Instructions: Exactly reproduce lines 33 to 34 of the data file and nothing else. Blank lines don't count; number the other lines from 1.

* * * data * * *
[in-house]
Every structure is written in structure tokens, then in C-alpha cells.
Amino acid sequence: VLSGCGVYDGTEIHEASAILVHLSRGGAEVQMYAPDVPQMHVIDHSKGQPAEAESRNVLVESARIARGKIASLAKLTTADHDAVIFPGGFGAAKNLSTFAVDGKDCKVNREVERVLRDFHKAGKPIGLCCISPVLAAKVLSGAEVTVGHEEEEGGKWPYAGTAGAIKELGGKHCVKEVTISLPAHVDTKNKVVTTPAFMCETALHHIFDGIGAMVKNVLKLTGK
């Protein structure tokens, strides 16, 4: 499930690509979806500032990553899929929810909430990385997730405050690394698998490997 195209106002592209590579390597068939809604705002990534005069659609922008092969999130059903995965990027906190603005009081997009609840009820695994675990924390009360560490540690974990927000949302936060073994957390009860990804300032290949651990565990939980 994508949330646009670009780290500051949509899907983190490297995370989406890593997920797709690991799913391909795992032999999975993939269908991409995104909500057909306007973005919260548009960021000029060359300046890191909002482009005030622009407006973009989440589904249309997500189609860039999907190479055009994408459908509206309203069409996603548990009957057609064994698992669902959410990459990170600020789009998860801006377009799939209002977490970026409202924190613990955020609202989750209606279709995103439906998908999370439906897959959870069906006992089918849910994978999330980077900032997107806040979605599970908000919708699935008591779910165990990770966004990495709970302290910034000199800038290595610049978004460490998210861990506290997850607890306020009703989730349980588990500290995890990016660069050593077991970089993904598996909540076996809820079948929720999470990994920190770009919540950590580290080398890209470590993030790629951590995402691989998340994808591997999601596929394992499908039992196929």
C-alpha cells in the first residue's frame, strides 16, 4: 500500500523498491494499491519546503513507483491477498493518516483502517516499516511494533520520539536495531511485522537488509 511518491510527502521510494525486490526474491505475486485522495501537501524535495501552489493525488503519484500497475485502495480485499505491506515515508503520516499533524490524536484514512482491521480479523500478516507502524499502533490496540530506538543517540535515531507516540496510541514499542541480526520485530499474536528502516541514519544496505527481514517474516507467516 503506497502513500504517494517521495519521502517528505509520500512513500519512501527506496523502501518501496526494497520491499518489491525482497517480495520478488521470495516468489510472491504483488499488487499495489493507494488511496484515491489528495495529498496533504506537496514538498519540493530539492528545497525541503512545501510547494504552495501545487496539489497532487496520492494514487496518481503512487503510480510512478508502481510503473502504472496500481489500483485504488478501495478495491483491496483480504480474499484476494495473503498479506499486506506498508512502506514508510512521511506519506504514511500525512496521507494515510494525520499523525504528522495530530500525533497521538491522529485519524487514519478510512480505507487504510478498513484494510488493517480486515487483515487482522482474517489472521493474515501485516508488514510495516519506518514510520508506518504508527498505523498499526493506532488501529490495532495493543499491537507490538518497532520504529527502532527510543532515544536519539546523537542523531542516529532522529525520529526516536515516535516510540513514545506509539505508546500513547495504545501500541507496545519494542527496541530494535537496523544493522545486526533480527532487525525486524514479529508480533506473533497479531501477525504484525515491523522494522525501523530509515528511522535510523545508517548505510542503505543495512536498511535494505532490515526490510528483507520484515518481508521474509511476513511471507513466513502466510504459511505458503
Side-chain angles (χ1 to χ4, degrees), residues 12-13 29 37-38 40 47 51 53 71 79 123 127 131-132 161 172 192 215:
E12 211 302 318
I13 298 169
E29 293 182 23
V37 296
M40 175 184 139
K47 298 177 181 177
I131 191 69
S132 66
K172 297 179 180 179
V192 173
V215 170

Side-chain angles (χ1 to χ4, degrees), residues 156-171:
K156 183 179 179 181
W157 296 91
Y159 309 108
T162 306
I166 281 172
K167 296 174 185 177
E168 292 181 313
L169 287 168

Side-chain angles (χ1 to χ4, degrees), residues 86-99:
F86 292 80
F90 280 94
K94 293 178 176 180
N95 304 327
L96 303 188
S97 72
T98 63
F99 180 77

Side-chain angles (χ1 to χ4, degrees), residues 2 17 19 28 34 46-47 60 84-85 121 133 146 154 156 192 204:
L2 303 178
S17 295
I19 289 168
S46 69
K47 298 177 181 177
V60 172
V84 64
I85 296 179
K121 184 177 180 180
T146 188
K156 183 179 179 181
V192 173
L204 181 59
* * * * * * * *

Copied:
S97 72
T98 63